Scotland voted No, to be precise.
With a ten per cent margin, 55:45, Scotland voted to remain part of the United Kingdom.
Do you see what I did there? I accepted the result.
I could list the actual turnout, and so on, I could break it down by each individual count, but I accept that this was the vote.
I am disappointed, as are many (a little over 1.6 milllion, not to mention all those who weren't allowed to vote for reason of residence or age) by the result, but because at least some readers will, by the end of this short piece, probably be trying to label me as in denial, I will reiterate one more time: More people, by a substantial number, voted for Scotland to remain in the UK than voted for it to be Independent. I do not deny this, and, indeed, predicate much of what follows on this fact (possibly the third time that the word fact has been used to mean a fact rather than a nebulous possibility that the writer places hopein in Scottish political discourse since 2012).
I have seen some people asserting that the count or the vote themselves were in some way rigged. Having had friends at the Glasgow, Edinburgh and Dundee counts that I trust implicitly, none of whom have suggested any foul play, I am happy to accept the result as stands.
The referendum is a snapshot of public opinion and will at a given moment in time. Up until the tail end of 2013, I was formally undecided, with a preponderance towards a No vote, my movement away from which I have detailed previously. People change their minds.
The binary nature of the Referendum question posed polarised the campaign massively, and the idiot fringes of both sides did much to try and drag the debate into the dirt. From my perspective, the Scottish Secretary and a few other BT high heid yins were rather terrible for presenting gendered hate speech directed towards JK Rowling as being official Yes campaign policy, while the many sins carried out in their name without their request or support, Yes were less likely to attribute to BT.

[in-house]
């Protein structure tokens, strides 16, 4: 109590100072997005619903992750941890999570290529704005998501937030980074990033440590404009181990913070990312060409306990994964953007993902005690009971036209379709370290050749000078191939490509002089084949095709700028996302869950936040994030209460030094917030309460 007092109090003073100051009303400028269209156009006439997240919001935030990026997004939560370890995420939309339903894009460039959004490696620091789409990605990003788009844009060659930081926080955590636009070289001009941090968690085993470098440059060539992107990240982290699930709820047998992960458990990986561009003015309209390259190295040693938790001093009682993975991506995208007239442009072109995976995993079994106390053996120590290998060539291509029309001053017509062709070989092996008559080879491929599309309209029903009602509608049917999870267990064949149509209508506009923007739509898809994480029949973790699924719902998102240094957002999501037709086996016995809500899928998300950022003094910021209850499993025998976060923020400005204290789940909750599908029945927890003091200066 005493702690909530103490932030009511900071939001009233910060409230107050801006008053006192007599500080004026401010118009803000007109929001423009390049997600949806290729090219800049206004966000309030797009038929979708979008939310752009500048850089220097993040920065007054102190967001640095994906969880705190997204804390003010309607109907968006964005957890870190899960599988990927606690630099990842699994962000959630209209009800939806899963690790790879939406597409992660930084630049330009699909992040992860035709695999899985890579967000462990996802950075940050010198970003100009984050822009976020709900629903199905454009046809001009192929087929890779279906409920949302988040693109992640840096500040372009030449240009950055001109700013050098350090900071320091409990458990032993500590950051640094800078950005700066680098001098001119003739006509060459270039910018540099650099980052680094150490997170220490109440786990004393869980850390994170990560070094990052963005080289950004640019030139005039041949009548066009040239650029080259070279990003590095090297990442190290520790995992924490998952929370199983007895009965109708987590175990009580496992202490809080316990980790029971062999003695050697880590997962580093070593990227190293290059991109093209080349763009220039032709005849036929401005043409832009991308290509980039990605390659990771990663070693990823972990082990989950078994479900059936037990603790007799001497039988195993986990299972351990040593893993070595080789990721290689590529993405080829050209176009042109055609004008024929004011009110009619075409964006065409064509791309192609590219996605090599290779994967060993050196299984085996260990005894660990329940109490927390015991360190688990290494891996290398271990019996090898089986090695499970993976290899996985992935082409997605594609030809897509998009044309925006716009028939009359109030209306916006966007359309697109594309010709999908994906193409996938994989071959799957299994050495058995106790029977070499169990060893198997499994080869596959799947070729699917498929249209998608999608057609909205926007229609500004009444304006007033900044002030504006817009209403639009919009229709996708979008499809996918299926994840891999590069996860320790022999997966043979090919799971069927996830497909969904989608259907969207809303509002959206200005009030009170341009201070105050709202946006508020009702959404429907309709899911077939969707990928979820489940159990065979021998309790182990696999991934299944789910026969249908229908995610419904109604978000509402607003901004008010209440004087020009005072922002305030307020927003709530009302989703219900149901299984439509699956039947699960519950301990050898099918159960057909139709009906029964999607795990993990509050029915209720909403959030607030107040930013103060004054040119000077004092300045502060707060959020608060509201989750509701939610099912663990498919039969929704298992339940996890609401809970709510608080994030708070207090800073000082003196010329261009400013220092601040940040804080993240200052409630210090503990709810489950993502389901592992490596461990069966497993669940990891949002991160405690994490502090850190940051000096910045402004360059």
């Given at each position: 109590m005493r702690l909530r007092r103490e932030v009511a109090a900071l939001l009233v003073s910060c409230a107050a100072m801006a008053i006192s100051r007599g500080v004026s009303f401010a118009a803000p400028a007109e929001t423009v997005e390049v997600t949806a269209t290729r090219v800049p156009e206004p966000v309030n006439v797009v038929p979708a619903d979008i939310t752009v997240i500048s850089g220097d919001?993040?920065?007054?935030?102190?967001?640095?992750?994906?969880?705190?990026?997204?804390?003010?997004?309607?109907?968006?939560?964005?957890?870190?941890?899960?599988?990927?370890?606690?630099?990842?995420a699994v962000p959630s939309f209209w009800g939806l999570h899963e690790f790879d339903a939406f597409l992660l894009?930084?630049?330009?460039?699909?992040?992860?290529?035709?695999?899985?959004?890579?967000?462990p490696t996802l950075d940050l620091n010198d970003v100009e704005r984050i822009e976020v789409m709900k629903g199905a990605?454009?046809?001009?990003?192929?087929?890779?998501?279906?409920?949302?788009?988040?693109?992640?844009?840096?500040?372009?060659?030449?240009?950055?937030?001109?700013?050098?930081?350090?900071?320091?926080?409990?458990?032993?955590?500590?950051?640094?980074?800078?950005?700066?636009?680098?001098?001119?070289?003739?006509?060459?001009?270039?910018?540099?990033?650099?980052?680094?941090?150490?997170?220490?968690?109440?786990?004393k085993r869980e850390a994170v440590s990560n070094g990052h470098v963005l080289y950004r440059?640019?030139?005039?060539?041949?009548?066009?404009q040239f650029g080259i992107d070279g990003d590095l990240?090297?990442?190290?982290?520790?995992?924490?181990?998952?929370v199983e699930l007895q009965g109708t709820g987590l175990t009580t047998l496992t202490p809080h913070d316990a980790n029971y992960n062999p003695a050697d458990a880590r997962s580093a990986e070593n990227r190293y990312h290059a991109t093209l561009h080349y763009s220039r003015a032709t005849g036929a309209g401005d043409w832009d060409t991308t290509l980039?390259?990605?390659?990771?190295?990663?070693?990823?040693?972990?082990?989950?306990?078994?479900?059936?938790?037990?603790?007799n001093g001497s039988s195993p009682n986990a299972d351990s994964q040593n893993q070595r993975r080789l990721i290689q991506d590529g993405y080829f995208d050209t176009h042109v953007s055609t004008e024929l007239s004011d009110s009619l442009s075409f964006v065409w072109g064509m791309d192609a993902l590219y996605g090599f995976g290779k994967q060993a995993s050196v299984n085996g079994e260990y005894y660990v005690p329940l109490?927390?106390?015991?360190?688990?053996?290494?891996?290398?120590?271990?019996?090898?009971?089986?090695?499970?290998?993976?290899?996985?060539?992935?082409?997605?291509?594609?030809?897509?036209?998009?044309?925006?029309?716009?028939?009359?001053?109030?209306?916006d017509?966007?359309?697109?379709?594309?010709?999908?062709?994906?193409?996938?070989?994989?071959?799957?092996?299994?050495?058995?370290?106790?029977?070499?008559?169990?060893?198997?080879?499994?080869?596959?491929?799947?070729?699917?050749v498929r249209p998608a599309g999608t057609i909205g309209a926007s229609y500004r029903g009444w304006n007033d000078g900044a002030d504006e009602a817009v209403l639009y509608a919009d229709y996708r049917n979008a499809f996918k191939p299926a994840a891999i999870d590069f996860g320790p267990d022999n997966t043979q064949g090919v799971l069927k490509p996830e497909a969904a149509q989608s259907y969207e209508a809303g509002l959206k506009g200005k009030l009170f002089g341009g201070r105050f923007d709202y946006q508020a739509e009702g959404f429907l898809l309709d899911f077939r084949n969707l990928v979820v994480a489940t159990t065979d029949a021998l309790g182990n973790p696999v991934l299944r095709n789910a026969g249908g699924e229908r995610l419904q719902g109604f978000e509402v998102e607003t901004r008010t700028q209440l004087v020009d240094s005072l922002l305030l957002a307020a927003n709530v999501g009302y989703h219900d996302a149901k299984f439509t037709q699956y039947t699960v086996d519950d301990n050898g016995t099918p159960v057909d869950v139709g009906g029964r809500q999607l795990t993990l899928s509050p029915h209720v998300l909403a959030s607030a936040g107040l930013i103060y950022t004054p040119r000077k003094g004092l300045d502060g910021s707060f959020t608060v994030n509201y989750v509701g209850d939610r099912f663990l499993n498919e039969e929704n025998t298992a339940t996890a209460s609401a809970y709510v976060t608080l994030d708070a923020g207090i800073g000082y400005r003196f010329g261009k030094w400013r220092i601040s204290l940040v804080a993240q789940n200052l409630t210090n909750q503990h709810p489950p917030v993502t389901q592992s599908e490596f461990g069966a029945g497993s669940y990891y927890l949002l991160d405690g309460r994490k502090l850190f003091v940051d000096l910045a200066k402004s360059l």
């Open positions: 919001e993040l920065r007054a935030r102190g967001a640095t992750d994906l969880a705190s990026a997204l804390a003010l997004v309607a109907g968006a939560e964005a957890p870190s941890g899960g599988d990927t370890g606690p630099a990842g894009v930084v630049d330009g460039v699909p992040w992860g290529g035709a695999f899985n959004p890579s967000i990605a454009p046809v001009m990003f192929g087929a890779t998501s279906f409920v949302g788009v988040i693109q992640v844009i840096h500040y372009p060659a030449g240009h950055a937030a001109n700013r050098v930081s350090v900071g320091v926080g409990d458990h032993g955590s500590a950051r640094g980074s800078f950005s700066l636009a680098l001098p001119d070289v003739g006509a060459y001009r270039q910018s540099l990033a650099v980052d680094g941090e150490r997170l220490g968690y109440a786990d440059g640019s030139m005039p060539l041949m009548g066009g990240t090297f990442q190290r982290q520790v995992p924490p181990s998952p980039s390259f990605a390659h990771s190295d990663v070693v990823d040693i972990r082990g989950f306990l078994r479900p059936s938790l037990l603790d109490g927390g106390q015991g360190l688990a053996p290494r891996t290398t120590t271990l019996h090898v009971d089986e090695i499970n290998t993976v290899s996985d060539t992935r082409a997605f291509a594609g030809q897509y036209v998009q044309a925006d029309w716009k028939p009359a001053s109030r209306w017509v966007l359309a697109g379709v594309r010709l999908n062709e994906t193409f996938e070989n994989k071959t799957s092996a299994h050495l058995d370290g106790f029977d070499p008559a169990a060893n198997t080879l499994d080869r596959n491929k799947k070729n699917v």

The majority of the debate wasn't abusive, wasn't aggressive, and was in fact an exposition of just how much everybody cares about Scotland.
And people will go on caring about Scotland. A good number will believe that Scotland and her people would best be looked after through Independence. I don't think, and never have thought, that Independence is the only way the poor people of Scotland could attain better lives - that is palpably not true - but I worry that the triangulation of politics towards the interests of a minority of the population in swing seats in England means that it will be harder for this to happen than if we were independent.
In the tail stages of the Campaign, Better Together received a boost when the leaders of the three main Unionist parties made a vow to offer faster, better change (or some similar form of words) in the event of a no vote.
What this means is still foggy, but implied in it was massively increased fiscal control for Scotland, whilst retaining the Barnett formula. A change which could, if also applied to Wales, be massively to their detriment possibly, given their differing economy.
The referendum, in which a majority of people voted No (still not denying it, notice) took place after this vow was made. We are now seeing Westminster frantically trying to work out what fater better change is and how it is delivered.
If it is not delivered, won't some No voters feel very aggrieved? And wouldn't it be understandable for yes voters to feel like they possibly lost as a result of a lie?
In such an event, if a party, or coalition of parties, were to present themselves to the Scottish Electorate with a priority manifesto commitment towards running a further referendum in light of that failure to deliver, would that really be denying the previous result? I would argue not.